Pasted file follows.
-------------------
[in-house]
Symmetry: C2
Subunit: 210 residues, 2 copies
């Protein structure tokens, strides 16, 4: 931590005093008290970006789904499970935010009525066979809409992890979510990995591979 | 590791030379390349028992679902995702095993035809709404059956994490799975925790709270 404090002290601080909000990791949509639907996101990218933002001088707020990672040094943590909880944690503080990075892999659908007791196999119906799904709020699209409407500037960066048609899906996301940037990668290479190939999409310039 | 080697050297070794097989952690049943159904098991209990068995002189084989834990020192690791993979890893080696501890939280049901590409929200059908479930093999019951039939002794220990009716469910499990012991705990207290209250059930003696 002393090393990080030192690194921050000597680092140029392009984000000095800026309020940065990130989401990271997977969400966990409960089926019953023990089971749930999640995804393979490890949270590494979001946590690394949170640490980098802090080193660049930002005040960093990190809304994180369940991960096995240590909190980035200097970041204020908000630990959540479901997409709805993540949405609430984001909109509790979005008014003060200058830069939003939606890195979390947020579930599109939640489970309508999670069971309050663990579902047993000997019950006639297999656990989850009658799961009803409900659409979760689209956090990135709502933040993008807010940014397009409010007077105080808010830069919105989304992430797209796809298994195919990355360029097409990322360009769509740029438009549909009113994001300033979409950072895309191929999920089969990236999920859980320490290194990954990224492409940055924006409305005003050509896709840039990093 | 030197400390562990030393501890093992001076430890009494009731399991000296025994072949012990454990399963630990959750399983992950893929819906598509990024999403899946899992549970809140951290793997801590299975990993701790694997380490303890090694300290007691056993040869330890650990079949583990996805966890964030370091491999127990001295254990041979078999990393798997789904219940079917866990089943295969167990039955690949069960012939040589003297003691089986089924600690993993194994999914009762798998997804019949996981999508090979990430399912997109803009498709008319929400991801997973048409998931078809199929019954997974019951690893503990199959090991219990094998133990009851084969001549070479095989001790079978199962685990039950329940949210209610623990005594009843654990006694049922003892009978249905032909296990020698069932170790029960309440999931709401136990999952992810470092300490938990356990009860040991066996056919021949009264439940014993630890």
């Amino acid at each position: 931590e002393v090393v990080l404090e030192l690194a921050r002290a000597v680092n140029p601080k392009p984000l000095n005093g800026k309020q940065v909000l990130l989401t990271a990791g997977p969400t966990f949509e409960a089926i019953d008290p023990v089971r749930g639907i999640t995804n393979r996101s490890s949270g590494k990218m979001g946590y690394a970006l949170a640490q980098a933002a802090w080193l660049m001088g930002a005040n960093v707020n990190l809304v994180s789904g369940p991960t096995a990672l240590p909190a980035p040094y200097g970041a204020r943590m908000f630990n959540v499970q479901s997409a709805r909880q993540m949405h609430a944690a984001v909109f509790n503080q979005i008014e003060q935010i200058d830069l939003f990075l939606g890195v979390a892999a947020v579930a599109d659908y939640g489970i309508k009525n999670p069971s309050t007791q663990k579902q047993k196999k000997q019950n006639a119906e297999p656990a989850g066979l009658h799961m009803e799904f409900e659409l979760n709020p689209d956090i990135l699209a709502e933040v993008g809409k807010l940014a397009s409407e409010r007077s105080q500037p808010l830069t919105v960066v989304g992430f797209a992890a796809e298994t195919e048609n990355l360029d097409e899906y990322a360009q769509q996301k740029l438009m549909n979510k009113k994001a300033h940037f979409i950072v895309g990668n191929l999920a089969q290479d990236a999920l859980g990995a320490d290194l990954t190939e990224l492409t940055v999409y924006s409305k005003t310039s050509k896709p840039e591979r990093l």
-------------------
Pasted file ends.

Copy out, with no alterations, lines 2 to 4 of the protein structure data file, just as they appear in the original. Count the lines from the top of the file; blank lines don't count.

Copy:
Symmetry: C2
Subunit: 210 residues, 2 copies
């Protein structure tokens, strides 16, 4: 931590005093008290970006789904499970935010009525066979809409992890979510990995591979 | 590791030379390349028992679902995702095993035809709404059956994490799975925790709270 404090002290601080909000990791949509639907996101990218933002001088707020990672040094943590909880944690503080990075892999659908007791196999119906799904709020699209409407500037960066048609899906996301940037990668290479190939999409310039 | 080697050297070794097989952690049943159904098991209990068995002189084989834990020192690791993979890893080696501890939280049901590409929200059908479930093999019951039939002794220990009716469910499990012991705990207290209250059930003696 002393090393990080030192690194921050000597680092140029392009984000000095800026309020940065990130989401990271997977969400966990409960089926019953023990089971749930999640995804393979490890949270590494979001946590690394949170640490980098802090080193660049930002005040960093990190809304994180369940991960096995240590909190980035200097970041204020908000630990959540479901997409709805993540949405609430984001909109509790979005008014003060200058830069939003939606890195979390947020579930599109939640489970309508999670069971309050663990579902047993000997019950006639297999656990989850009658799961009803409900659409979760689209956090990135709502933040993008807010940014397009409010007077105080808010830069919105989304992430797209796809298994195919990355360029097409990322360009769509740029438009549909009113994001300033979409950072895309191929999920089969990236999920859980320490290194990954990224492409940055924006409305005003050509896709840039990093 | 030197400390562990030393501890093992001076430890009494009731399991000296025994072949012990454990399963630990959750399983992950893929819906598509990024999403899946899992549970809140951290793997801590299975990993701790694997380490303890090694300290007691056993040869330890650990079949583990996805966890964030370091491999127990001295254990041979078999990393798997789904219940079917866990089943295969167990039955690949069960012939040589003297003691089986089924600690993993194994999914009762798998997804019949996981999508090979990430399912997109803009498709008319929400991801997973048409998931078809199929019954997974019951690893503990199959090991219990094998133990009851084969001549070479095989001790079978199962685990039950329940949210209610623990005594009843654990006694049922003892009978249905032909296990020698069932170790029960309440999931709401136990999952992810470092300490938990356990009860040991066996056919021949009264439940014993630890």